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Publication numberUS7664475 B2
Publication typeGrant
Application numberUS 11/218,554
Publication dateFeb 16, 2010
Filing dateSep 6, 2005
Priority dateSep 7, 2004
Fee statusLapsed
Also published asCN1747343A, CN100555888C, EP1633055A2, EP1633055A3, EP1633055B1, US20060052131
Publication number11218554, 218554, US 7664475 B2, US 7664475B2, US-B2-7664475, US7664475 B2, US7664475B2
InventorsMasaki Ichihara
Original AssigneeNec Corporation
Export CitationBiBTeX, EndNote, RefMan
External Links: USPTO, USPTO Assignment, Espacenet
Multi-band wireless transceiver and method of controlling the same
US 7664475 B2
Abstract
A multi-band wireless transceiver having a plurality of signal-processing paths, and further having a function of making wireless communication through a plurality of frequency bands by selecting one of the signal-processing paths, includes a band identification circuit for identifying a frequency band, the band identification circuit identifying a frequency band in dependence on a frequency-band information received from a controller which controls an operation of the multi-band wireless transceiver, and selecting one of the signal-processing paths in accordance with the identified frequency band.
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Claims(22)
1. A multi-band wireless transceiver having a plurality of signal-processing paths, and further having a function of making wireless communication through a plurality of frequency bands by selecting one of said signal-processing paths,
said multi-band wireless transceiver comprising:
a first synthesizer which transmits a local frequency signal for signal reception in accordance with divider data received from a controller which controls an operation of said multi-band wireless transceiver;
a second synthesizer which transmits a local frequency signal for signal transmission in accordance with divider data received from said controller; and
a band identification circuit connected to receive said divider data from said first synthesizer and said second synthesizer, said band identification circuit identifying one of said plurality of said frequency bands in dependence on said divider data, and selecting one of said signal-processing paths in accordance with the identified frequency band.
2. The multi-band wireless transceiver as set forth in claim 1, wherein said band identification circuit transmits a control signal by which an active device electrically connected to the selected signal-processing path is allowed to receive power supply.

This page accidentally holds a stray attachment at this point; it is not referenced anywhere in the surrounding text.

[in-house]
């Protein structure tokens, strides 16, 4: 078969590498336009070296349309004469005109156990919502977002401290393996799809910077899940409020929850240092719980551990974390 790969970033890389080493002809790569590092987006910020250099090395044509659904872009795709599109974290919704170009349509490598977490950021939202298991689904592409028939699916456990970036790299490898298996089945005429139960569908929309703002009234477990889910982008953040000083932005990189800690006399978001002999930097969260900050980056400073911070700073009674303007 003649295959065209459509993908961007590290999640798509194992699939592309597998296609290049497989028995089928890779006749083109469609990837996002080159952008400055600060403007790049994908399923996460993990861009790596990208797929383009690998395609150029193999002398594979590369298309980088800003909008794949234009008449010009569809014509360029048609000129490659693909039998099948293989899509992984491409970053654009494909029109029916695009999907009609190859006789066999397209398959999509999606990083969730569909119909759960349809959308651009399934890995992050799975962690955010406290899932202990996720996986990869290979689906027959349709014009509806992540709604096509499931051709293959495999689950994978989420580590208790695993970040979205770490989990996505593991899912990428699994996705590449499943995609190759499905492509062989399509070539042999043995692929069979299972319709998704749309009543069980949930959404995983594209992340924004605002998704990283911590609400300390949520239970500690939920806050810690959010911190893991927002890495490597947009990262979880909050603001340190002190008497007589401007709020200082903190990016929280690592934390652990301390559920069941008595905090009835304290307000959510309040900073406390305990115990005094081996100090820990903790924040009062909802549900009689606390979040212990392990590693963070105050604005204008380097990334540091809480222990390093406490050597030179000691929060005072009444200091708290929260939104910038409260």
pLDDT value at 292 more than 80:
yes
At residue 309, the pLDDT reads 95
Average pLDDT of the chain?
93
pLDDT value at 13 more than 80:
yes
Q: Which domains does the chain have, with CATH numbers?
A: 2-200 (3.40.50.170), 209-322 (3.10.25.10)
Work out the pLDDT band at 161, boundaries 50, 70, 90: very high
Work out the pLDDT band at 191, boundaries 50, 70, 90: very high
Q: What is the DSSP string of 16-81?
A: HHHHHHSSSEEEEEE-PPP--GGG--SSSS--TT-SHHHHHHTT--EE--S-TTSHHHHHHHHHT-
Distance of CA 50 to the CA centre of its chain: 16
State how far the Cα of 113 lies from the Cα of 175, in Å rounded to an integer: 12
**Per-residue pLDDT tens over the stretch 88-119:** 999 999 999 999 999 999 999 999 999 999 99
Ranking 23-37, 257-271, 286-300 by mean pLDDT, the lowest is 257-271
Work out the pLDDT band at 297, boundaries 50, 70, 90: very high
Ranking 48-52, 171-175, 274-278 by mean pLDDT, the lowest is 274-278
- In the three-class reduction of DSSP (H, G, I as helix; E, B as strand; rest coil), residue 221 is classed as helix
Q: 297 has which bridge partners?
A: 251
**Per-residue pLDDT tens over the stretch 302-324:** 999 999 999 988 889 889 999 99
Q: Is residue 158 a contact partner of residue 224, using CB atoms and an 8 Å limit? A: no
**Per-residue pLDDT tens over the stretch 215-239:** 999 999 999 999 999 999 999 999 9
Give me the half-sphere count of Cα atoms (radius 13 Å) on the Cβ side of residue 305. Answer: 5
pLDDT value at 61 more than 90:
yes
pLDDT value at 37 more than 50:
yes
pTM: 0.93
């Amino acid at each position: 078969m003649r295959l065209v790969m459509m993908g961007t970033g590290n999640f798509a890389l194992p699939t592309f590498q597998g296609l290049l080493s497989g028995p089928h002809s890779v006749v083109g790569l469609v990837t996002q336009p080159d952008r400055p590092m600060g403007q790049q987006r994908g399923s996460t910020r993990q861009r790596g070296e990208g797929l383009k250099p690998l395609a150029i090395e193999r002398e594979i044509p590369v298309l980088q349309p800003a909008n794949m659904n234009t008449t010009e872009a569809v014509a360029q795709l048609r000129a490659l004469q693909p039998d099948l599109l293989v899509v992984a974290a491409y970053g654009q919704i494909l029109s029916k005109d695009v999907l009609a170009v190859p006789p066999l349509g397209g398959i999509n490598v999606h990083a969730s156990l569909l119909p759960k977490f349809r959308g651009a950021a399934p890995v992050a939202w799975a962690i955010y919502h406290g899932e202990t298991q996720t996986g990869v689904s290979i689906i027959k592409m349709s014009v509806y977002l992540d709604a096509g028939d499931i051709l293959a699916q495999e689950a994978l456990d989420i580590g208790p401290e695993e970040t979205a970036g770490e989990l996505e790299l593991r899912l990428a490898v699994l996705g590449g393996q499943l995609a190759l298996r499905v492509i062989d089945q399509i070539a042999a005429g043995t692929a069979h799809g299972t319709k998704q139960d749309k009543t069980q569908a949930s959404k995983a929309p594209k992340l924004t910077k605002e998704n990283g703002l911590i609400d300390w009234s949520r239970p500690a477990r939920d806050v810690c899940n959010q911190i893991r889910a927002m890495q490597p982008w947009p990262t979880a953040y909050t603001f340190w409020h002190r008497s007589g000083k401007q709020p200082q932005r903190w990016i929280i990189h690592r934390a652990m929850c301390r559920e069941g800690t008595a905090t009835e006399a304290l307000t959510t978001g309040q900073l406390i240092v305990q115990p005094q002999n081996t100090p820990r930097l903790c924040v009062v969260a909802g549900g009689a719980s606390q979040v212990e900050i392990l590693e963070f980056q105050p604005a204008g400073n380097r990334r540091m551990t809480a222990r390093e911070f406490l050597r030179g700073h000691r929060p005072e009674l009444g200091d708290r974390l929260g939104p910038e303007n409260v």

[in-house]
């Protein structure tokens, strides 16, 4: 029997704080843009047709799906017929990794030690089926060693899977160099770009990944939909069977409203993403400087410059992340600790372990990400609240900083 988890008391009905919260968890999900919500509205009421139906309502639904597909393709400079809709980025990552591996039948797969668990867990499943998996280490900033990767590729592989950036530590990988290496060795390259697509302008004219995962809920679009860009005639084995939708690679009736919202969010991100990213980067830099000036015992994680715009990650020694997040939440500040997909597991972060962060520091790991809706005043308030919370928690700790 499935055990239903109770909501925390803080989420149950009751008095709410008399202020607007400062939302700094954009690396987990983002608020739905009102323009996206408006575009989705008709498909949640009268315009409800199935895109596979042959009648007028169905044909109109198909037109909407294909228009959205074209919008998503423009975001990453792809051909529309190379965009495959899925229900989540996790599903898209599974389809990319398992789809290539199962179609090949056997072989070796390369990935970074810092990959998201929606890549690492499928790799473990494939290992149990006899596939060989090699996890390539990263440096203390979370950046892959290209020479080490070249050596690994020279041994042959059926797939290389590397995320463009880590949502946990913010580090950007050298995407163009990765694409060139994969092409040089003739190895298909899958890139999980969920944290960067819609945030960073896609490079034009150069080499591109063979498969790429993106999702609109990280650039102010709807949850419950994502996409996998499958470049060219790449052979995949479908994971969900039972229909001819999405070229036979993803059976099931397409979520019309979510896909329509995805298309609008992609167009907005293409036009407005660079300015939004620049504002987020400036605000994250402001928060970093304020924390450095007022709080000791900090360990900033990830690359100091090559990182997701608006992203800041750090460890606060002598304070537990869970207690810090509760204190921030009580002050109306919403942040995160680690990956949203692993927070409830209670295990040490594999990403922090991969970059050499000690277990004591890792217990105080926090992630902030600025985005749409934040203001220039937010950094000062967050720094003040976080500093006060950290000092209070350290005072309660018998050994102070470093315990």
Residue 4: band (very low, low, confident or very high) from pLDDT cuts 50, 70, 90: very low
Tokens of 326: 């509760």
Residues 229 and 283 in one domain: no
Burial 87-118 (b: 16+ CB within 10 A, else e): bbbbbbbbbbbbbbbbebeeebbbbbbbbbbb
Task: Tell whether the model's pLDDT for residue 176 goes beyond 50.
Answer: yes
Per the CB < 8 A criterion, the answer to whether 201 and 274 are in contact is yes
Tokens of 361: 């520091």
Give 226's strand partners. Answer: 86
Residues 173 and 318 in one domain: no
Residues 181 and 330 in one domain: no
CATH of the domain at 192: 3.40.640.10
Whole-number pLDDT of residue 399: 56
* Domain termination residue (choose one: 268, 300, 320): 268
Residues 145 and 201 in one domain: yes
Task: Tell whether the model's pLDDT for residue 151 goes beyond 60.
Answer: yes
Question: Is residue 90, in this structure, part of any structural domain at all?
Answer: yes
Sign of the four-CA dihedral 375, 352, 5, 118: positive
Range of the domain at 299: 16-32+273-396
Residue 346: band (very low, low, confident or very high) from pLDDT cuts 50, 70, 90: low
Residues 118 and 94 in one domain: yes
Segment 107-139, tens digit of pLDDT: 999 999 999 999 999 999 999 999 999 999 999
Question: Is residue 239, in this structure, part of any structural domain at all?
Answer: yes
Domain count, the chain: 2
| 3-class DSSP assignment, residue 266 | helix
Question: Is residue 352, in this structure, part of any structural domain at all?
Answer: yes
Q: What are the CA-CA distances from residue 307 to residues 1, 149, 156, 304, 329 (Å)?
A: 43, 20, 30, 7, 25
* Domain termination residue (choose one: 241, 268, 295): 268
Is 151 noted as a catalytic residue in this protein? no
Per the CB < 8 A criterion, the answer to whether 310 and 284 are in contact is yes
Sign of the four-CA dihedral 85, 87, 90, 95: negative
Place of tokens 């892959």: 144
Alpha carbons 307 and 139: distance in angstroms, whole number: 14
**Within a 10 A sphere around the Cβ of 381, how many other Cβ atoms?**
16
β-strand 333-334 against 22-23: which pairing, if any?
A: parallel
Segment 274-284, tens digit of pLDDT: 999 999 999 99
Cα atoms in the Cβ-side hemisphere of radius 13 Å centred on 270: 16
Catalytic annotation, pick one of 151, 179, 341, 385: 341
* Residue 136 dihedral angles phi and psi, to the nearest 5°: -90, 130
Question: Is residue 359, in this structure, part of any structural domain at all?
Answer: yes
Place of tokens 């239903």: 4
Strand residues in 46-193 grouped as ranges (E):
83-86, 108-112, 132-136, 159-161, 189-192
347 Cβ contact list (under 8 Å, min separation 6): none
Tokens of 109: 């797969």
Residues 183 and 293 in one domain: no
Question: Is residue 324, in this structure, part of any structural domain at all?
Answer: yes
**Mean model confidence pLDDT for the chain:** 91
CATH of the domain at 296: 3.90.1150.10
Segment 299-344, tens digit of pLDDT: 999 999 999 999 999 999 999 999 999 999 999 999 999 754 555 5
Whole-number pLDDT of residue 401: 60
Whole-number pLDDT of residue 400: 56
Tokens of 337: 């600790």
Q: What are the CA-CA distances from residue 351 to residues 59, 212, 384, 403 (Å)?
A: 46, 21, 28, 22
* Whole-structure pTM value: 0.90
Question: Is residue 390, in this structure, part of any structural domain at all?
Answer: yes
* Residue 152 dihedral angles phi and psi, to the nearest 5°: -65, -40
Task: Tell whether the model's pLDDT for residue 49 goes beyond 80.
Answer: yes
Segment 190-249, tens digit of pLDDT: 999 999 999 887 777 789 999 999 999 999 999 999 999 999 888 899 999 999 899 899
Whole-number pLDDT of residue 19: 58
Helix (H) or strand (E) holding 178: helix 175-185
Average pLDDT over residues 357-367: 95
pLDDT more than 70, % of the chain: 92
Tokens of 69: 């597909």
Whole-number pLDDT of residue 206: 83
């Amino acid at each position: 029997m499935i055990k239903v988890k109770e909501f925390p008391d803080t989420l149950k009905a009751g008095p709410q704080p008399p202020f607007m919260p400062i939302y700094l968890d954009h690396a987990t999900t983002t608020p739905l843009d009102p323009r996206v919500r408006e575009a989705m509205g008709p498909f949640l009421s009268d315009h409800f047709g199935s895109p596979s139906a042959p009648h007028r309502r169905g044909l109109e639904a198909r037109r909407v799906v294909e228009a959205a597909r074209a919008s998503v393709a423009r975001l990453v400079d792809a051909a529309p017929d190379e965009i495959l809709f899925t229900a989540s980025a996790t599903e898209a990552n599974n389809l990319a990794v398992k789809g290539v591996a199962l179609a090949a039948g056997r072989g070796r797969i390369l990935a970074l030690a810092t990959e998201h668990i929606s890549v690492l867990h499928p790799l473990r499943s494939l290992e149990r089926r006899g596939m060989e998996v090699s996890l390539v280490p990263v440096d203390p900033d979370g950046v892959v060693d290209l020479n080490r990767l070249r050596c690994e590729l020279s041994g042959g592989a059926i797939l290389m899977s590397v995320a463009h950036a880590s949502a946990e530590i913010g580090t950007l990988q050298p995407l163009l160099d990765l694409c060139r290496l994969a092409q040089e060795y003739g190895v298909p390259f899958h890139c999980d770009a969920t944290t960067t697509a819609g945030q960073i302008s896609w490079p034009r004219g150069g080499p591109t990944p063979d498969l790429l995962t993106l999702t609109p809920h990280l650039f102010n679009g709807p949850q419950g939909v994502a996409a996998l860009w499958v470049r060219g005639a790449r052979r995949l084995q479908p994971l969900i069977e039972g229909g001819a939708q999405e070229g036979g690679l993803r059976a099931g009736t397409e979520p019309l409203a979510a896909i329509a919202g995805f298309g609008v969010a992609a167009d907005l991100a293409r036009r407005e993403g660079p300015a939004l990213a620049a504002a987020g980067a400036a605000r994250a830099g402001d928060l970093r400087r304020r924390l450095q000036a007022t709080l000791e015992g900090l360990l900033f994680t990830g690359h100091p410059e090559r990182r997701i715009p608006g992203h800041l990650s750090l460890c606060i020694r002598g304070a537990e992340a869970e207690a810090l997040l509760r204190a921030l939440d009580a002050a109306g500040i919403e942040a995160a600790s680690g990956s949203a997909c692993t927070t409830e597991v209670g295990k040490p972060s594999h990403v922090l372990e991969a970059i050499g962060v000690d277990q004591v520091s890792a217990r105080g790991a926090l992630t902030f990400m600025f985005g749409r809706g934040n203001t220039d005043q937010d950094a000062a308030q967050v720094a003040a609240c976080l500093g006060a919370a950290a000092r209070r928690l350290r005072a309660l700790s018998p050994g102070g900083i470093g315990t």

3. The multi-band wireless transceiver as set forth in claim 1, wherein said band identification circuit, said first synthesizer and said second synthesizer are integrated on a common chip.
4. The multi-band wireless transceiver as set forth in claim 1, wherein said band identification circuit selects a frequency band identified in dependence on divider data received by said first synthesizer, when frequency bands identified in dependence on divider data received by said first and second synthesizers are not coincident with each other.
5. The multi-band wireless transceiver as set forth in claim 1, wherein said band identification circuit turns off a power source providing power to a signal-transmission path, when frequency bands identified in dependence on divider data received by said first and second synthesizers are not coincident with each other.
6. The multi-band wireless transceiver as set forth in claim 1, wherein each of said first and second synthesizers is comprised of:
a reference oscillator which transmits a reference frequency signal;
a voltage controlled oscillator which transmits said local frequency signal;
an R-divider which divides said reference frequency signal by R wherein R indicates a number equal to or greater than two;
an N-divider which divides said local frequency signal by N wherein N indicates a number equal to or greater than two;
a phase-detector which compares a phase of a signal divided by said R-divider to a phase of a signal divided by said N-divider, and transmits a phase-difference signal indicating a difference between said phases;
a charge pump which generates a voltage in dependence on said phase-difference signal, and carries out negative feed-back control to an oscillation frequency of said voltage controlled oscillator;
an R-register which picks R-divider data directed thereto out of divider data received from said controller, and transmits the R-divider data to both said R-divider and said band identification circuit; and
an N-register which picks N-divider data directed thereto out of divider data received from said controller, and transmits the N-divider data to both said N-divider and said band identification circuit.
7. The multi-band wireless transceiver as set forth in claim 1, wherein each of said first and second synthesizers is comprised of:
a plurality of voltage controlled oscillators transmitting signals having different frequency ranges from one another; and